After the friendly plastic dried and fully hardened I took some red pleather and began to wrap it around the handle. I mounted the pleather to the PVC pipe with a screw before I glued around it to make sure that it stayed firmly and didn’t get pulled off. After that, you need to wrap up the handle, overlapping the pleather halfway over the piece before it so you get a thick double layer grip and a nice crease. After you wrap it fully from the top of the handle to the bottom you need to put a screw in the other end through the pleather and into the PVC. Make sure the wrapping around the PVC pipe is tight so that it doesn’t slip so that you lose your grip.

After you’ve got these parts all assembled and ready to go you can get ready to paint. You should sand all the edges of the sheath to make sure that all of them are smooth and you should also lightly sand the ring so that it will take well to the pain and not have weird textures across the wood.

Since there are holes where screws are on the sheath I used friendly plastic to hide the holes.
As a note, I choose to use friendly plastic as a patcher because I use my heat gun for a lot of crafting and the friendly plastic works well with that. It’s not an end all patcher. You could also use resin. I just prefer friendly plastic because it’s more convenient for me.

To start painting, you will need to put a base coat on the prop of whatever color you want the prop to be.  With dark gold I use a brown base coat. If it’s a light gold I use a tan or a grey depending on what color the gold is. Metallic paints don’t take to whatever you’re painting the first time so you need a base coat. The primer you choose changes up how the metallic color will show later.

After you paint and varnish the sword and sheath it’s time to bring out the aluminum tape. For this, patience is the most necessary thing you need. You have to be VERY careful because this material is VERY easy to wrinkle or to misalign. Also, if you don’t have a big piece of aluminum tape to cover an area, take advantage of existing lines and edges to hide the creases. You’ll need about one foot wide aluminum facing tape. Contact paper brushed nickel also exists so you could use that as an alternative. Note, you don’t want to layer aluminum tape over itself because you can see the edges come through and it look like cracks. Also, make sure that you use a very stable and unmoving material as a base.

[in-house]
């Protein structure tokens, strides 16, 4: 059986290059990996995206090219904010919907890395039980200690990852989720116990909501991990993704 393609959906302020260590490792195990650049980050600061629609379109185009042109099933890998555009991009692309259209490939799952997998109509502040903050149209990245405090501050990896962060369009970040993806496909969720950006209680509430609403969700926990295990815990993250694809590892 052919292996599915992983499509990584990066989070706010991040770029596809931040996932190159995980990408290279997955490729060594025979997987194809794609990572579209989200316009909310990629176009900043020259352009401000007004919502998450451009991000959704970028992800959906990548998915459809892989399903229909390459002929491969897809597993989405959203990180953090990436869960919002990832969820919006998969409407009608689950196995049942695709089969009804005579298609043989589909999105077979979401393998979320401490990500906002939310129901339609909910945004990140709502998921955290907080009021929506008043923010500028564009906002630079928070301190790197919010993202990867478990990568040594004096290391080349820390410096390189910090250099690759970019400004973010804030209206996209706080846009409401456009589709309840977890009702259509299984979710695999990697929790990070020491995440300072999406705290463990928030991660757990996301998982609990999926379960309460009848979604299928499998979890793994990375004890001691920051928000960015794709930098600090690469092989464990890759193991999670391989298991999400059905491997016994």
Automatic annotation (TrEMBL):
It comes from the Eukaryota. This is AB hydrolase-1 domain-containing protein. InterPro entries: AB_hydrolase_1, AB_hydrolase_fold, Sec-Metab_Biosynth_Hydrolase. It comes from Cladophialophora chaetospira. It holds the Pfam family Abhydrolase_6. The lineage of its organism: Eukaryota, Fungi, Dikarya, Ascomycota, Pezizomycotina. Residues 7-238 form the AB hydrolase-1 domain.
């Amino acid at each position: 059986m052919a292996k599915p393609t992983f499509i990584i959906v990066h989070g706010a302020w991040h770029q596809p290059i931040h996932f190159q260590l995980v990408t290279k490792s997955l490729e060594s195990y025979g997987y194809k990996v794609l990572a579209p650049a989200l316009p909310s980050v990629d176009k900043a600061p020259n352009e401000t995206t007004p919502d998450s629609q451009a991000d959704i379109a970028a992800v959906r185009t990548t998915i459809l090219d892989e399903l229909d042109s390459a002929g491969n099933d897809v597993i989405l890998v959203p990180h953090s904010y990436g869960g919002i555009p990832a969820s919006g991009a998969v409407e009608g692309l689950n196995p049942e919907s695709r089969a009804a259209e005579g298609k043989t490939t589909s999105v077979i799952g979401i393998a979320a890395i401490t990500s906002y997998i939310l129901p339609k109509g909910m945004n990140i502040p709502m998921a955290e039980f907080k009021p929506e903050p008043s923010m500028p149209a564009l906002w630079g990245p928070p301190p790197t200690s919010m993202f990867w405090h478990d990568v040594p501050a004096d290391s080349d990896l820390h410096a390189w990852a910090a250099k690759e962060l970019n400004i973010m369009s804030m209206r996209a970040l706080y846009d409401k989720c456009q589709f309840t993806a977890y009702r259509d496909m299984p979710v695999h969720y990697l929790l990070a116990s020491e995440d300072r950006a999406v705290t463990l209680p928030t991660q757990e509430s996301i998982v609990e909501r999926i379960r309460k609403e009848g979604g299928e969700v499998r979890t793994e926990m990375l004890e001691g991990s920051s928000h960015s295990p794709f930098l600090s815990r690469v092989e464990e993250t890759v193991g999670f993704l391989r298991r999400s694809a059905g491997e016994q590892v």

While you’re attaching the aluminum tape you need to peel away the adhesive protection slowly and work with it. Take a straightedge (I used a putty tool) to push it down. As you go make sure there are no air bubbles or cracks. Get it done. At some point you might have to layer over a piece of aluminum. Try to get it to stick as little as possible over the edge. Cut the edge with the exacto knife to pull the piece of aluminum tape away and you have a clean edge from piece to piece with no overlap.

The trick to making it look realistic is to sand it. For this, you’ll need some sanding sponges. You’ll want a rougher sanding sponge for the side of the blade that needs to look like it is being used. Just use it a little bit to give some direction and nick so that it looks like it’s being sanded against a stone. Use a lighter sanding sponge for the side that isn’t being used to remove the shine.

If you want to bring out the grooves you can also go in with a wash to bring out the scratches that you put in with the #35 sanding sponge and it will create more detail work. If you do it right you’ll have enough grit to distinguish it from the sword without it looking super old.

That’s the tutorial for this weapon! I did have some tips about how you could do a custom specialty edge on your blade and we’ll have that up in another blog post following this one titled specialty blade edges. As always, if you have any questions please check out our youtube or email us at